Penn Jillette On Here’s The Thing

Here’s The Thing – Penn Jillette’s Marathon Life in Magic

I’m curious. Everybody’s got a story and I want to hear it. I’ll posit your story is your life’s work, how can you convey your experiences such that a listener will get the gist of who you are, where you’re coming from, what you’re about.

Back before David Letterman turned late night into a comedy program, Johnny Carson and Dick Cavett interviewed people. They didn’t have to come prepared with a funny story, they just had to answer the questions, they just had to be real, they just had to be themselves.

And this is the underbelly of the podcast revolution. Human beings are long-winded, they’ve got a lot to say, and the truth is we want to hear it. How did you get here? Are you happy? What’s the truth behind that rumor? These questions are all answered in podcasts, and right now the man doing the best job as inquisitor is Alec Baldwin.

Who knew? Short-fused actor turns out to be an intellectual, who can banter with the best of them. That’s right, asking questions is not enough, you’ve got to parse the answers, know when to go deeper. And when you’ve got a guest who’s willing, the results are stunning.

I’m not a huge fan of magic, or juggling. But I love Penn & Teller. Because they know the whole thing is a ruse, that there is no magic, that there is no channeling. They’re a constant warning to raise your level of perception, to realize this world is full of hokum and once you become a victim, you’re hopeless. And Penn goes into this, when he found out Kreskin was faking it, he became completely disillusioned. But, if it’s presented on stage, if people go home knowing you didn’t saw that woman in half and you didn’t read anybody’s mind, he’s comfortable with that.

What is Penn’s career based on?

Juggling. Takes six years to be good. That’s why the teen phenoms come and go. There’s no there there, they’ve never done the work.

And after practicing, the work Penn Jillette did was street-performing.

But not like everybody else. He wore a three thousand dollar watch, a multi-thousand dollar suit. Because his goal was to get you to put a twenty in the hat, not a quarter. Penn defined his goals and knew how to get there. And knew if you were just like everybody else, you had no chance.

What else did Penn possess?

An incredible line of b.s. That’s how you succeed in the world. Through conversation. You have to know how to open the door and then put your foot in it and keep it open, a skill most don’t have, never mind work on. “Pay attention to my stuff!” is not banter, and it doesn’t work. Penn got the drama critic of the “Philadelphia Inquirer” to come to his magic show by not only going to see him, but demonstrating his wares live, to the point the critic was intrigued. Professionals are all jaded, they’re suckers for something new and good, and only that.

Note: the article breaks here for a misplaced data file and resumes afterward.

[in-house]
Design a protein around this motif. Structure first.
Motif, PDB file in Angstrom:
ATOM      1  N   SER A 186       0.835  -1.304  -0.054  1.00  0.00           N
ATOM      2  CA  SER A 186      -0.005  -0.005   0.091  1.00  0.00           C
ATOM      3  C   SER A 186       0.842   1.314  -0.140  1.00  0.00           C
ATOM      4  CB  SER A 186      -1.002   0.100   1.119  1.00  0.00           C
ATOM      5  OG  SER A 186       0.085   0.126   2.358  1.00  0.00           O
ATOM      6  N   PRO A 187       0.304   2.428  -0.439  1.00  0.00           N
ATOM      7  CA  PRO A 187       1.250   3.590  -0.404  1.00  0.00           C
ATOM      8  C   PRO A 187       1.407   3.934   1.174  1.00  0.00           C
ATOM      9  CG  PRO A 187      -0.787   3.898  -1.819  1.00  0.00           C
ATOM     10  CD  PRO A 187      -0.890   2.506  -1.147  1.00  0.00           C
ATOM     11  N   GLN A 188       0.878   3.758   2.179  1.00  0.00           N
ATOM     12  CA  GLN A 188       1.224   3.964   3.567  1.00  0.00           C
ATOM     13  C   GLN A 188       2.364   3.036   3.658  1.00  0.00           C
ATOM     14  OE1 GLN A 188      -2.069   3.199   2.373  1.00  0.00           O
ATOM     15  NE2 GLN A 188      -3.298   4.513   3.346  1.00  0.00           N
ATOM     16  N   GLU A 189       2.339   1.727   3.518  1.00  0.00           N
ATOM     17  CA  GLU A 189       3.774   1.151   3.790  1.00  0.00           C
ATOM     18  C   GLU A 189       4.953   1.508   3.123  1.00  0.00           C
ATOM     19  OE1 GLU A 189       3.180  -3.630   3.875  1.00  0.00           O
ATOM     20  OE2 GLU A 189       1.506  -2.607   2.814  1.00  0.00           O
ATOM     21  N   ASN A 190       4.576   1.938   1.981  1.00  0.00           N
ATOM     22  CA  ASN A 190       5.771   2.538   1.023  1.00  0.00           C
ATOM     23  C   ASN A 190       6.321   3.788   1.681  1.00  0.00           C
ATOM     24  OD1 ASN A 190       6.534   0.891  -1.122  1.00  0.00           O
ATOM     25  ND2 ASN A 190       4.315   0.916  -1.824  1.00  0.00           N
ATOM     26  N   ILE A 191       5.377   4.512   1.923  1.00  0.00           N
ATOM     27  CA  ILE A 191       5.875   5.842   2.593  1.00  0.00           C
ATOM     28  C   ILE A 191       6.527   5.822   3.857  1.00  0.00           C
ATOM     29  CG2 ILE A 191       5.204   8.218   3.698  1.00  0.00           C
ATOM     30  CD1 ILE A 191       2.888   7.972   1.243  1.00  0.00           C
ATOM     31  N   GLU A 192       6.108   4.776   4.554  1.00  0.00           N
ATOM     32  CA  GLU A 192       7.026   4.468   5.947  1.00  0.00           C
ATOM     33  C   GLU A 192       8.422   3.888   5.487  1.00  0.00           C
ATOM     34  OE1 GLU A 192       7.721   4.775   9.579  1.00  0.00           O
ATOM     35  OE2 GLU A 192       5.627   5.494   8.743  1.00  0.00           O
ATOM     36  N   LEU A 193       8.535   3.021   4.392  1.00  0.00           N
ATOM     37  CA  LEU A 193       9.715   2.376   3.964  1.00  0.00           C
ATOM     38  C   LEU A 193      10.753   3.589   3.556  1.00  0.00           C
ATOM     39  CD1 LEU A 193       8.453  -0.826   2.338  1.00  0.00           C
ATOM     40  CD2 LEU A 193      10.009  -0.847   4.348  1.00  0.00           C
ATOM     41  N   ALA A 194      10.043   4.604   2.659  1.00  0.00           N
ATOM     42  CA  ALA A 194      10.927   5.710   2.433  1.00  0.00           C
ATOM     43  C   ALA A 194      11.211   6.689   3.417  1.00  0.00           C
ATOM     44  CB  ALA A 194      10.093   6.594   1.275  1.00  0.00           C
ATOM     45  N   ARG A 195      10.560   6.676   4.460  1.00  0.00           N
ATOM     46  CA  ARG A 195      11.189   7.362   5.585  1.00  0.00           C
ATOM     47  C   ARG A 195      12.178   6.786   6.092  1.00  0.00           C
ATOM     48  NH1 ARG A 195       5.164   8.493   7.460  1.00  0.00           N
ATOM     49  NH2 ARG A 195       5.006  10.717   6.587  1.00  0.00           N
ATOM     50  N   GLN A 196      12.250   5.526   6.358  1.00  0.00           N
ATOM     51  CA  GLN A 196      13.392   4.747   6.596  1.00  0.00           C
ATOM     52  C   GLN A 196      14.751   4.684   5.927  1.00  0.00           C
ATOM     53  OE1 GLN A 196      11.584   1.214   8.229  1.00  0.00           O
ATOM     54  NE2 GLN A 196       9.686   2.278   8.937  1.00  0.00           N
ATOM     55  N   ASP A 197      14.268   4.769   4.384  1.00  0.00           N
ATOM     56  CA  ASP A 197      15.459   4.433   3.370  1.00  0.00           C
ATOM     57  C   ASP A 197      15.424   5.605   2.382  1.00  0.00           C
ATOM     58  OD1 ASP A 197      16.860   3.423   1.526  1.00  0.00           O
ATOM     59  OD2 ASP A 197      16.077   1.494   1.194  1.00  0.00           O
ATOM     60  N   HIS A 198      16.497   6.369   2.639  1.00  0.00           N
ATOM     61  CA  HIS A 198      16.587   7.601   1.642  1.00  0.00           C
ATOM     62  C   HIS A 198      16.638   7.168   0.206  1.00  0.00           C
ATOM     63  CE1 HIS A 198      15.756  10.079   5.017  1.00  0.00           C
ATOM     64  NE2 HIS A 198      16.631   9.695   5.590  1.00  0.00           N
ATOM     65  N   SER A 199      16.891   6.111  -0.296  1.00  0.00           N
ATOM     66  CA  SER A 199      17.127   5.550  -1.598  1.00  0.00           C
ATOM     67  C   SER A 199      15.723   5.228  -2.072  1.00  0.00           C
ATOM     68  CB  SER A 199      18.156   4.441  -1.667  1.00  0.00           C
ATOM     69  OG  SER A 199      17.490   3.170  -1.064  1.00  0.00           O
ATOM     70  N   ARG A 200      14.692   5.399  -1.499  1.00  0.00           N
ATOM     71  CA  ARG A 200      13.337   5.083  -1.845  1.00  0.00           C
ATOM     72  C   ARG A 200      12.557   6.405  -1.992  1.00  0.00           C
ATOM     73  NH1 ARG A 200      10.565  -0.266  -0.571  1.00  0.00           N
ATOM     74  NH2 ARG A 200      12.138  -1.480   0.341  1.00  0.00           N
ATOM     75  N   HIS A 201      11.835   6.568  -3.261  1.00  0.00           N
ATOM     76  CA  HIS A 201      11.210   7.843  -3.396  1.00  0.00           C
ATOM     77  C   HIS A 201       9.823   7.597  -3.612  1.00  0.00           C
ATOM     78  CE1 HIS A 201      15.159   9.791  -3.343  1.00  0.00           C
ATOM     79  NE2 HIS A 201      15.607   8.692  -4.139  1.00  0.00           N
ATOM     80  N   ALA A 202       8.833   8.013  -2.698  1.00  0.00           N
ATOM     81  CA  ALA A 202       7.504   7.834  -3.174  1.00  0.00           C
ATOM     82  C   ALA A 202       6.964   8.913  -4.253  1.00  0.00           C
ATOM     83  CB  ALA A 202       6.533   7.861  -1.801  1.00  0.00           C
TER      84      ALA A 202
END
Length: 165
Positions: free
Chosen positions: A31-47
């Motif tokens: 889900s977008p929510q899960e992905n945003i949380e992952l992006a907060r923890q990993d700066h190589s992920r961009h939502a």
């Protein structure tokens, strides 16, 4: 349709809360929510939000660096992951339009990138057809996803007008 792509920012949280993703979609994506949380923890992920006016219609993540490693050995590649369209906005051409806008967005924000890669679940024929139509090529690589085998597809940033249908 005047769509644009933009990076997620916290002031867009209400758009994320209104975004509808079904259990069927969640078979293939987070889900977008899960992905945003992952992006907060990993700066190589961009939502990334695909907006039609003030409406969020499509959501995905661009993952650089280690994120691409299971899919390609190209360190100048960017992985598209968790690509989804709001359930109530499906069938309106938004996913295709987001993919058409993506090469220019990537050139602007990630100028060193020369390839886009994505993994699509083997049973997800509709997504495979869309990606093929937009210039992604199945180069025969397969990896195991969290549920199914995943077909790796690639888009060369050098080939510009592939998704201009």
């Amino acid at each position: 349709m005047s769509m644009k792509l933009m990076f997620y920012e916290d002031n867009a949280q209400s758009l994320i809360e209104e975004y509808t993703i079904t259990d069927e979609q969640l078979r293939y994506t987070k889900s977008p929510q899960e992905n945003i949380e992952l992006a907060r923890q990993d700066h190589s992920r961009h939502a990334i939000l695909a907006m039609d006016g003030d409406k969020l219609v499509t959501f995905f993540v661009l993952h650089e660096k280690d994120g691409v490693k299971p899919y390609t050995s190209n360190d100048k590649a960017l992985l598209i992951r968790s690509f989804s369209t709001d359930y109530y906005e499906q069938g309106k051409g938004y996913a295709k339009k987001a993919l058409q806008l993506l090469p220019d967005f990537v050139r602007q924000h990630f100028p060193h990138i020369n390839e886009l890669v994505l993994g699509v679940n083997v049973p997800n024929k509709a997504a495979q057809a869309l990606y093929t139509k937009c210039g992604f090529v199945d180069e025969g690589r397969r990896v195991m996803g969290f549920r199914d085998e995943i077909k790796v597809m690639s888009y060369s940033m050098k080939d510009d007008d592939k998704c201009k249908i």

And, Penn was willing to stand up for himself. That’s the difference between baby boomers and millennials. Question authority, speak truth to power, the boomers were taught by their heroes, to let their freak flags fly and be themselves. Whereas millennials are all about fitting in. I don’t know about you, but I couldn’t work in a cubicle farm, busy praising everybody else’s work and eating lunch together and being nice. Winners are unique loners, like Penn. He can only be himself. And this is what draws people to him. He told the “Inquirer” critic his review was crap, that he misunderstood the show. The “Inquirer” critic then asked Penn for an interview and the right to re-review the show.

Not that every authority figure is amenable. But life is long and hard, and if you’re busy sucking up you might make it to the top of the corporation, but you’ll never make it to the top of the art heap.

At least not before. In today’s me-too world, that’s what people expect. And then “Book of Mormon” and “Hamilton” blow everybody away and clean up all the money.

As for music… If you’ve read an interesting interview with one of today’s stars you probably think the Top Ten is fantastic. But you can’t even say that, you’re castigated for being a naysayer if you decry what’s popular and laugh at what’s unpopular, like jazz and classical, whose proponents believe they got screwed instead of seeing times changed and to win today…you’ve got to be Dudamel, a man of the people who’s a great performer with his own mind.

We’re looking for individuals. Who are probably gonna make it long after they started. Overnight success is about old men propping you up, you’re just a figurehead.

But everybody says not to take a risk, to make it bite-sized, to make it palatable.

But that’s not what they do in podcasts.

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